BOONE, N.C. — The Rumple Memorial Presbyterian Church in Blowing Rock has awarded Appalachian State University’s Kaaren Hayes $3,000 in grant funding to support the Sydney Powell Fund for Infants and Children who are Medically Fragile.
Hayes is the director and outreach coordinator for Appalachian’s Parent to Parent Family Support Network-High Country (FSN-HC), which manages the Sydney Powell Fund.
According to Hayes, the fund, which offers financial assistance to regional families in need who have a child with a serious medical condition, was named in honor of Sydney Powell — a young girl who was born with pyruvate carboxylase deficiency (PCD), a rare and normally fatal genetic disorder. Sydney was the 33rd child diagnosed with PCD in the world and was not expected to live past her first birthday. She lived until the age of 10 and died suddenly on April 23, 2005.
“When a child has a serious medical condition, the family must deal with the emotional, physical and financial challenges of caring for their child,” Hayes said. “Some families encounter financial strain as they travel to gain access to specialized medical services. In addition, sometimes families need help with covering the expense of life-saving medication or equipment.”
Monies from the fund can only be used for expenses not covered by other programs, Hayes said. In order to qualify for assistance, the family completes an application, along with verification of need from a referral source. The application is then submitted to a committee for approval or denial, and the application review committee determines the distribution of funds on a case-by-case basis.
This fund provides a concrete way to assist families in their time of need. “It provides modest cash assistance and the reassurance that there is hope and that people do care,” Hayes added.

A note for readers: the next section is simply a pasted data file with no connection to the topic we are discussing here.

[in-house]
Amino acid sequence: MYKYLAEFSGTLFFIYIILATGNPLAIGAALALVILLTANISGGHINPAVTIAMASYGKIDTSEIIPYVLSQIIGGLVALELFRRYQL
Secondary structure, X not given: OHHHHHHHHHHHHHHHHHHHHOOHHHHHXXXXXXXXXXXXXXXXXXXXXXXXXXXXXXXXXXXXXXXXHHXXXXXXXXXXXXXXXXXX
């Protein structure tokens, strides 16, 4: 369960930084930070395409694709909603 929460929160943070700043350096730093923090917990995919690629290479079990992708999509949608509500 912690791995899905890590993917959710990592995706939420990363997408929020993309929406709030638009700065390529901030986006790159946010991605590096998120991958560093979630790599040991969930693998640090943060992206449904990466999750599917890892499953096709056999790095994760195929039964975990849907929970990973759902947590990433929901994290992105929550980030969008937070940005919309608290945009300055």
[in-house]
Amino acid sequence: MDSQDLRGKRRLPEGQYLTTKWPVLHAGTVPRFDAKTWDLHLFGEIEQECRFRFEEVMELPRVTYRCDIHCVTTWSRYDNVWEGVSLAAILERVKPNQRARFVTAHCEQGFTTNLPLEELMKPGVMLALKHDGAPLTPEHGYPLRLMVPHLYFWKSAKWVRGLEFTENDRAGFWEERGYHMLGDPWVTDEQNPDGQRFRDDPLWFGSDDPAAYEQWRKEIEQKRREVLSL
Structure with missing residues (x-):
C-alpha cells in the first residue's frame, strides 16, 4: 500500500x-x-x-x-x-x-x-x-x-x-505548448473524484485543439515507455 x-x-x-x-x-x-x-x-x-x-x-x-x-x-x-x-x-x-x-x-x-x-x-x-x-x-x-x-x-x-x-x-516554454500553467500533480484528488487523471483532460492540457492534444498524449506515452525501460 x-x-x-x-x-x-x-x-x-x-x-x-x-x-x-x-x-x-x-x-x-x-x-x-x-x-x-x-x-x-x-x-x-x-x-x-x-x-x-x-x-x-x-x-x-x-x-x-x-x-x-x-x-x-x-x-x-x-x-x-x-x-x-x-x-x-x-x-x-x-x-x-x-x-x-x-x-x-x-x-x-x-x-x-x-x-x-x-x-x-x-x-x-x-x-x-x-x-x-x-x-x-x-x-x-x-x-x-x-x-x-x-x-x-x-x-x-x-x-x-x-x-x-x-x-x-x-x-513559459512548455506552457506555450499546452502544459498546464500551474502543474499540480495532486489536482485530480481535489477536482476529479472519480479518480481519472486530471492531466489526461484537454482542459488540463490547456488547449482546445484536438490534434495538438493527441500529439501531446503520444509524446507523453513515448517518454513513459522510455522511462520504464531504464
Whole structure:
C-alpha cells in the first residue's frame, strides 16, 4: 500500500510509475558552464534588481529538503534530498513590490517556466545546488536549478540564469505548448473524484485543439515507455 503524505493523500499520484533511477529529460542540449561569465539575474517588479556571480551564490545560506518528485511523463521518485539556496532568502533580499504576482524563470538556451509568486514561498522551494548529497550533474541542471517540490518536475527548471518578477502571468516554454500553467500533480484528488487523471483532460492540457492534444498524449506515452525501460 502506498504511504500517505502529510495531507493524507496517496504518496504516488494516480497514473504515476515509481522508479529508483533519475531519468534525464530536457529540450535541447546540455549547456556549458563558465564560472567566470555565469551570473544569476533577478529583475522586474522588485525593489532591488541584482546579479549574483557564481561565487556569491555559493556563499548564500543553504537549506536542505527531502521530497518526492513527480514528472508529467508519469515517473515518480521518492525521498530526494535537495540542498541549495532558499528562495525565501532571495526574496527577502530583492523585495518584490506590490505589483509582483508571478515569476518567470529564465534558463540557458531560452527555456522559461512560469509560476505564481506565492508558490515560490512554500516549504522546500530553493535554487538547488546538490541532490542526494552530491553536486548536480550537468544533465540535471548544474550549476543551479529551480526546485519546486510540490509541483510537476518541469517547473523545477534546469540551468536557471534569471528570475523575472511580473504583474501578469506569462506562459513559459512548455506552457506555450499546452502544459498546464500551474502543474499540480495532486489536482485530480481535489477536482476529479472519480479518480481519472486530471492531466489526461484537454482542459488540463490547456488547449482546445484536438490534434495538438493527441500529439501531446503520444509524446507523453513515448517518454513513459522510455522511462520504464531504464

About Parent to Parent Family Support Network-High Country
Parent to Parent Family Support Network-High Country (FSN-HC) provides free support, caring connections, information and hope to families who have a premature baby, a child with a disability, an emotional or behavioral challenge, a mental illness or a chronic health condition, and to families who are grieving the death of a child. The program serves seven counties in Western North Carolina: Alleghany, Ashe, Avery, Mitchell, Watauga, Wilkes and Yancey. Parent to Parent FSN-HC provides information and tools to help families see the possibilities for their children and turn that potential into reality. Learn more at https://parent2parent.appstate.edu.
About Appalachian State University
Appalachian State University, in North Carolina’s Blue Ridge Mountains, prepares students to lead purposeful lives as global citizens who understand and engage their responsibilities in creating a sustainable future for all. The transformational Appalachian experience promotes a spirit of inclusion that brings people together in inspiring ways to acquire and create knowledge, to grow holistically, to act with passion and determination, and embrace diversity and difference. As one of 17 campuses in the University of North Carolina System, Appalachian enrolls about 19,000 students, has a low student-to-faculty ratio and offers more than 150 undergraduate and graduate majors.